(CNN) -- On a recent episode of the TV show "Modern Family," a character named Mitchell gets in his car and does something that's frustratingly familiar for early adopters of technology:
He tries to operate the machine by talking to it.
"CD player: next track," he says.
"Say a command," a robotic voice responds.
"CD player: NEXT. TRACK," he says, clearly annoyed.
"Air conditioner on."
The idea that people should be able to talk to computers, and that the computers should understand what we're saying, has been coming in and out of vogue since the 1970s. The technology never really went mainstream, though, and to this day, it's often talked about as a joke.
In recent months, however -- despite the pop-culture parodies and the increasing popularity of the text message -- researchers say voice-activated technologies have entered a renaissance of sorts.
The technological resurgence is happening in part because of smartphones, those handheld devices with tiny keyboards or awkward touchscreens that some big-fingered adults would rather yell at than type on.
So why not just take those frustrations and transfer them into navigation commands and text messages?
Increasingly, that seems to be what's happening.
Mobile voice-recognition technology now allows people to send text messages to friends by talking instead of typing; to scan through transcriptions of voice mail instead of taking time to listen to them all; to tell their phones what they're looking for on the Web; and, soon, to post to Twitter from their cars by speaking, allowing drivers to keep their eyes on the road.
"It's now possible to pick up your phone and press a single button and say, 'I want the Yelp.com review of the Capital Grille in Burlington, Massachusetts. Period,' " said Vlad Sejnoha, chief speech scientist at Nuance Communications, a major producer of voice-to-text software.
Phones should know by now exactly what Web link to find, he said, and users should get a result without ever typing.
Additionally, Bing and Google both have mobile applications that let people search the Web by talking.
The voice-recognition software is also getting better, too.
The longer computers listen to us talk, the better they can predict what we're going to say and understand how we say things, researchers said. Some believe that computers are getting almost as good at listening as we are.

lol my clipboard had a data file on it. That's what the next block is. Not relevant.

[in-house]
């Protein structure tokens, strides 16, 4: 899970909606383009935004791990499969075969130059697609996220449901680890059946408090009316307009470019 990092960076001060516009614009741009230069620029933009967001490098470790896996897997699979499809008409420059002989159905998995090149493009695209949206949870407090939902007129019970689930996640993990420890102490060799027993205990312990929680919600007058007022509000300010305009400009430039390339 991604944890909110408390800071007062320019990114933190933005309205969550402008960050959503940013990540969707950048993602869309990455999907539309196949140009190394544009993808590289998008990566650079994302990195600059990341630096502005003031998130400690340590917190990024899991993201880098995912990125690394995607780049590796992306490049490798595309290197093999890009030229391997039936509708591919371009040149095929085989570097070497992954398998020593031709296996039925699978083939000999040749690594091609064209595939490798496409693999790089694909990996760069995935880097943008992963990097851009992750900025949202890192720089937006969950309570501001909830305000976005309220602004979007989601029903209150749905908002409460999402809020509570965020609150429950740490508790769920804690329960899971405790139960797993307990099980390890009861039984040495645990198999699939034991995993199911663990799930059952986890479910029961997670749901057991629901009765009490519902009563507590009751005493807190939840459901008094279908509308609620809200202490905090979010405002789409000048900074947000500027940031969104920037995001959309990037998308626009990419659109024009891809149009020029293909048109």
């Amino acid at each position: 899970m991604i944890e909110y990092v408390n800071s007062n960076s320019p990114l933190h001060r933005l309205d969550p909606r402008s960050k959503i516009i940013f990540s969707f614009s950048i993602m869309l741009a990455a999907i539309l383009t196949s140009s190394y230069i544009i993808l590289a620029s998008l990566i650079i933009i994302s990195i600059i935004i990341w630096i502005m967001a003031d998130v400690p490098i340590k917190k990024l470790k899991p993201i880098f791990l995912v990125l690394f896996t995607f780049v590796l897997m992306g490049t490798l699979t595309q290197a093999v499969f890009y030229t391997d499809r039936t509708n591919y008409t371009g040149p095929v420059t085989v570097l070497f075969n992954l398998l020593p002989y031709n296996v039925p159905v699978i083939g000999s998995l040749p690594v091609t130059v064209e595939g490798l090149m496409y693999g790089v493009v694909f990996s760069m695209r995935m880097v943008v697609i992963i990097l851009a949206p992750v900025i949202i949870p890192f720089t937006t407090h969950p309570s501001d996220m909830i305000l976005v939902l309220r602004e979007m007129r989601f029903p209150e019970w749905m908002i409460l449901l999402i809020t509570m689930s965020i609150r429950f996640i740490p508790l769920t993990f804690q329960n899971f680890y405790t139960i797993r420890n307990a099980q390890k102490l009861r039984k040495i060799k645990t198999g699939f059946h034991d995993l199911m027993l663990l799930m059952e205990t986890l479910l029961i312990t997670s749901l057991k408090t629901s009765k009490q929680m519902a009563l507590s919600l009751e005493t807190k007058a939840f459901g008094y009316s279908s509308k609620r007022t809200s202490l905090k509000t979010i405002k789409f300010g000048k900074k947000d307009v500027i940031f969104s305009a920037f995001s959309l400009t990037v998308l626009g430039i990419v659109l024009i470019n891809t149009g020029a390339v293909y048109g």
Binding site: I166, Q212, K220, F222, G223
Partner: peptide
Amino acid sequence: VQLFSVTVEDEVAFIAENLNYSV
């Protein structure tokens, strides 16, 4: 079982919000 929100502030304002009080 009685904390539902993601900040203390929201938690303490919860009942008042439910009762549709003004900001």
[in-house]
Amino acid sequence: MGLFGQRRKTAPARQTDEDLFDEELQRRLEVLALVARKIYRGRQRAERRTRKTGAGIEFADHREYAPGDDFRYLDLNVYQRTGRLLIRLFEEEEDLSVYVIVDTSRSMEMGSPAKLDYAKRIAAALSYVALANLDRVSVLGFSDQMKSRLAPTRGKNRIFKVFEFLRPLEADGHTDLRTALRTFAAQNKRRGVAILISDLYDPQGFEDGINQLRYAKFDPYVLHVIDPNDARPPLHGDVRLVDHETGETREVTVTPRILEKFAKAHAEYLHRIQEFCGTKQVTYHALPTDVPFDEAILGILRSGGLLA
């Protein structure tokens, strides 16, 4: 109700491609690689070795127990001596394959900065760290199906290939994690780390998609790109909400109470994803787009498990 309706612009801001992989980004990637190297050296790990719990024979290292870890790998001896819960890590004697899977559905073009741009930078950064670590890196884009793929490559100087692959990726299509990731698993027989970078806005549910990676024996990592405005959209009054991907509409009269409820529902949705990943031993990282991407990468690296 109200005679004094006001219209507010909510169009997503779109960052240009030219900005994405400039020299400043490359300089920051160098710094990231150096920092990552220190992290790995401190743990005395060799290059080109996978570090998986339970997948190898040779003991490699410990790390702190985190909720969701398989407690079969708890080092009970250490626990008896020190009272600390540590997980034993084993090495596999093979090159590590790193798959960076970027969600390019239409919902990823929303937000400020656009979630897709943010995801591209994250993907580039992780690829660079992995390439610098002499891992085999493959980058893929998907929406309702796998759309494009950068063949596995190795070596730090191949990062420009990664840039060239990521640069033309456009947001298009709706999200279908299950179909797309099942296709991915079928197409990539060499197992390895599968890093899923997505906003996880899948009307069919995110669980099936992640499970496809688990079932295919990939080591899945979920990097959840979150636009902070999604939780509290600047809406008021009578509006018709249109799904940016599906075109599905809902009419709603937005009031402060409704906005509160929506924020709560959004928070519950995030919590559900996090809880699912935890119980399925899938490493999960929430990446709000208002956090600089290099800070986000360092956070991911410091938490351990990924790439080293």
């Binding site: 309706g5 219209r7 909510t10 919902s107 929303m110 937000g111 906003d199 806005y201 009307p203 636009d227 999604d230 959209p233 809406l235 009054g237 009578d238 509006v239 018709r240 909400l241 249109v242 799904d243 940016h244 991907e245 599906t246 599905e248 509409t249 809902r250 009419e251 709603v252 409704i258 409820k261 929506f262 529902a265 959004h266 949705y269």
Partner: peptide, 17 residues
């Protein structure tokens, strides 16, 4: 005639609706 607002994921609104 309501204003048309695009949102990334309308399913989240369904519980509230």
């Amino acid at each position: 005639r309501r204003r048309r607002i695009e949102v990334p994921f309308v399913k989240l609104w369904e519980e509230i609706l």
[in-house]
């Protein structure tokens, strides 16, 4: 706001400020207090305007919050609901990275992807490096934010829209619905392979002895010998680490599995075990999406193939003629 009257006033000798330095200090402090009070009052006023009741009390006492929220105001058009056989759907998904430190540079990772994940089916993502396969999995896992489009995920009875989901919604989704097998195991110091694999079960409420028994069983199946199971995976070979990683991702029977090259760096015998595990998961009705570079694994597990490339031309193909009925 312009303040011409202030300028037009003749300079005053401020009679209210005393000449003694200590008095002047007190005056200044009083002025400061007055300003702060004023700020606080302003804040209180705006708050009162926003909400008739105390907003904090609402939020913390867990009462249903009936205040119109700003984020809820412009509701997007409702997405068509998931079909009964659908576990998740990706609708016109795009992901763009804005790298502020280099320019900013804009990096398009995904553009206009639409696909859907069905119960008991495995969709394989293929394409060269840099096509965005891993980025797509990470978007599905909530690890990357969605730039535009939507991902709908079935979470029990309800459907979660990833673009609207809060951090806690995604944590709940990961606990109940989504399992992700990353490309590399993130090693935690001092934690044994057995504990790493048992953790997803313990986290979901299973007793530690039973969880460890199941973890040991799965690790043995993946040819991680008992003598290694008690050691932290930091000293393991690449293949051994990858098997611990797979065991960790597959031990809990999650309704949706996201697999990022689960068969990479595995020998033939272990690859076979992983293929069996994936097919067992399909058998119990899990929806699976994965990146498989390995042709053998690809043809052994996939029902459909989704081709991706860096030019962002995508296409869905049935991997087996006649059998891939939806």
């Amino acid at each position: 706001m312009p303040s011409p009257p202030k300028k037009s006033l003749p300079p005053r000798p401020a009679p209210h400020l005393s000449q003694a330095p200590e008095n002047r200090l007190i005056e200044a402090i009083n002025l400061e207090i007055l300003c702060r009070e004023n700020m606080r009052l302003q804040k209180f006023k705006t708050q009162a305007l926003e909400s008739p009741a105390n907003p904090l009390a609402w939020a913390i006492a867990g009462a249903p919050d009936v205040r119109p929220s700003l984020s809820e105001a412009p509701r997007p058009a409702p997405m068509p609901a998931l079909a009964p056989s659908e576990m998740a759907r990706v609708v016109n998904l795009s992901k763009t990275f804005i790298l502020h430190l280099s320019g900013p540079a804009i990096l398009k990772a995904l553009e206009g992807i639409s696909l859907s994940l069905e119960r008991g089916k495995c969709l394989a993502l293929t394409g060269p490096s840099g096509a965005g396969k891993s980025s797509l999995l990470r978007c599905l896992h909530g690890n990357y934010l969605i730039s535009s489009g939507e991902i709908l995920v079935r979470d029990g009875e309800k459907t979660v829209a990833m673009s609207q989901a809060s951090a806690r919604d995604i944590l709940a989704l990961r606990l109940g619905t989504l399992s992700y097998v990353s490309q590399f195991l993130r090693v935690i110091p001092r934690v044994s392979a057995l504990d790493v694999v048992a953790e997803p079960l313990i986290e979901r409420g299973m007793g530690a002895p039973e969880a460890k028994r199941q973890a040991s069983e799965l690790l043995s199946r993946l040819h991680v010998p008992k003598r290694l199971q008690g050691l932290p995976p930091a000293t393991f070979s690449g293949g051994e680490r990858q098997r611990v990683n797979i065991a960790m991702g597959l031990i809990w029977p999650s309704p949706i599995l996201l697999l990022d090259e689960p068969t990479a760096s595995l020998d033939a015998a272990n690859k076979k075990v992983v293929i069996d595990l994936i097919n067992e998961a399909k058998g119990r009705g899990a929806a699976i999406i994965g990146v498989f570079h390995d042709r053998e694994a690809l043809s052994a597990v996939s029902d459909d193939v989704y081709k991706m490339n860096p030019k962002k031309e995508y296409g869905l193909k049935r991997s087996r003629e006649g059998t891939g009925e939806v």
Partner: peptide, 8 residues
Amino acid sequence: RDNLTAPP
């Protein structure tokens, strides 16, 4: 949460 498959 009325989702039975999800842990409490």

"If you compare us to human performance, we are rapidly closing the gap," said David Nahamoo, IBM's chief technology officer for voice research.
The technology works by listening to a voice, translating it into digital data and then anticipating what sorts of sounds or words will come next. That's different from early models of voice-recognition technology, which tried to understand every sound and used huge amounts of computing power as a result, he said.
Now, it's more of a guessing game. Each voice-recognition program has a number of equations that analyze speech and use statistics to decide what noises match up to what letters.
Every year, the accuracy of these programs improves, said Bill Meisel, an independent consultant who has been working in the voice-recognition industry since the early 1980s.
In a recent comparison test of four programs, Meisel found that technologies that translate voice into text are roughly 80 to 90 percent accurate. That's good enough for many common functions, like transcribing voice mail, he said.
"All the systems were almost perfect with phone numbers," he said.
Still, a number of technological hurdles remain.
One, especially for voice recognition on the go, is background noise. A phone listening to a person on a bus, for example, can hear street noise and other conversations in addition to the person who is trying to give a voice command. It's difficult for voice-recognition software to differentiate between all of those noises.
New hardware may help address that issue. Google's Nexus One phone comes fitted with two microphones: one that records a voice and another that records interference noise and then subtracts it from the voice file, making it easier for the phone to determine what noise is human and what isn't.
Another problem is the fact that no two people speak alike.
Even if we're saying the same words, we tend to pronounce them different ways. And, often, even if we're asked to say the same sentence twice, we might add different inflections or sounds that can throw computers off.
It's "the whole thing of 'I say toMAYto and you say toMAHto,' " said Nahamoo, who is Iranian. "I come from a foreign country, and some of the phonetic nuances that a native person learns, I don't learn and I can't reproduce.
"They all add up essentially to make me sound different."
Over time, computers are getting better at recognizing those differences, he said, especially when an accent is fairly common. He said that is one of the major achievements of voice technology since the '70s.
To be understood by computers, it's more important to speak clearly and consistently than to have a perfectly neutral accent, he said.
Another issue: Not all phones have the computing power to handle voice recognition, said Tuong Nguyen, a principal analyst Gartner, the research firm.
"The biggest limitation that I see right now ... is processing power," he said. "It is fairly intense, so you do need a better, higher-end phone to do it. And then a lot of people speak with accents or colloquialisms or different languages or stuff like that, which provides some challenges as well.
"But overall, I'm pretty positive about the technology."
Nguyen said it's especially handy when he's driving. In that situation, typing isn't a safe alternative.
Meisel, the consultant, said voice may be the new way we interact with computers.
We're already able to "have a conversation" with the technology to some degree, he said.